The school opened in September, despite the refusal of permission. Later in the same month, Bedford Borough Council withdrew a notice that could have forced pupils to move out.
In a decision letter issued last week, Pickles agreed with his inspector that the appeal should be allowed and permission granted.
The council refused the application on the basis that it would generate traffic and pick-up and drop-off activity that would give rise to increased danger and inconvenience to users of the highway and nearby premises and adversely affect the flow of traffic on a primary route into the town centre.
But Pickles agreed with his inspector’s conclusion that the proposed use "would not result in a significant generation of pick-up and drop-off activity and thus would not adversely affect the free flow of traffic on a primary route into the town centre or be detrimental to highway safety".
Pickles concluded that the appeal proposal "accords with the development plan and national policy and that there are no material considerations of sufficient weight to justify going against that".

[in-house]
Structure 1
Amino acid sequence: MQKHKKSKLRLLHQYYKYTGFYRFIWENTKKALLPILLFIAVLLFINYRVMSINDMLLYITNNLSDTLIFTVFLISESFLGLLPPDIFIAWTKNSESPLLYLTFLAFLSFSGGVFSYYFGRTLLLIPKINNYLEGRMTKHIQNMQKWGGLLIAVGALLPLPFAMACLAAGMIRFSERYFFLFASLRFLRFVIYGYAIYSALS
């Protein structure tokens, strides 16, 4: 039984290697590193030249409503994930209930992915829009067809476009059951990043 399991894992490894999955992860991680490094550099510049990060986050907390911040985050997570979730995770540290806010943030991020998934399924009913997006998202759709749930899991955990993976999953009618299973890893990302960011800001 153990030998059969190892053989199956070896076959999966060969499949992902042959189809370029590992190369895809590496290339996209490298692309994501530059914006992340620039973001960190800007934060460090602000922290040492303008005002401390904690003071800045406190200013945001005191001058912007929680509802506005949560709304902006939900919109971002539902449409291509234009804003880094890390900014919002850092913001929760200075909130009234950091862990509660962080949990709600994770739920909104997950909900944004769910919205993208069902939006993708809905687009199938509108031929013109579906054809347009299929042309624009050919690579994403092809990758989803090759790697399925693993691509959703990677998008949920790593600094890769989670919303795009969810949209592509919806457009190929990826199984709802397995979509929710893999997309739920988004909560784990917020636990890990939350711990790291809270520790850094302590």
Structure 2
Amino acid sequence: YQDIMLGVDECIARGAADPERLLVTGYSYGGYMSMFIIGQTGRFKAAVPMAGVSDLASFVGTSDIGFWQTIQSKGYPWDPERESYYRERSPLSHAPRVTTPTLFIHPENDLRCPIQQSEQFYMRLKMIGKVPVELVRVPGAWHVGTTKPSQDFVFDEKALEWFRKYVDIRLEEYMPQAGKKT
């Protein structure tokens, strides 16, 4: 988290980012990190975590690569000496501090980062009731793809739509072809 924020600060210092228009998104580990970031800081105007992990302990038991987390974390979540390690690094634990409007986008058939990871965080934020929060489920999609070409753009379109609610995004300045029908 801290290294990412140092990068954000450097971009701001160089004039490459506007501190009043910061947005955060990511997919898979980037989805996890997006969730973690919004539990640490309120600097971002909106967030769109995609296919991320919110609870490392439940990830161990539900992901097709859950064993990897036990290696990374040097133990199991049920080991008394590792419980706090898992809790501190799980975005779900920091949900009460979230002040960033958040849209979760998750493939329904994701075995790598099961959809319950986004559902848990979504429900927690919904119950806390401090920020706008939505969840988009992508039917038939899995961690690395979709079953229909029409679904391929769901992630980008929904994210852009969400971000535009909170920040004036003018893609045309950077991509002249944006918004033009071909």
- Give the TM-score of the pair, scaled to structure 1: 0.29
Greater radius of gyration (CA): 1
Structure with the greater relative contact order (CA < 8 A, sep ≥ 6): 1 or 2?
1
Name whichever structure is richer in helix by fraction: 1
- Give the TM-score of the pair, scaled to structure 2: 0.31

The decision letter said that Pickles is satisfied that the proposal "would not have any worse effect on the gyratory system than the current arrangements and could have a positive overall effect".
Ian Pryce, chair of Bedford Free School governors, said: "Our advice has been clear throughout that planning consent would be achieved. While we accept the borough’s planning decision stemmed from genuine concern by members, it is a shame that it lengthened the process, and unsettled parents and pupils at an important time."
The decision letter (DCS Number 100-079-772) can be purchased from DCS Ltd (tel) 01452 835820 or email email@example.com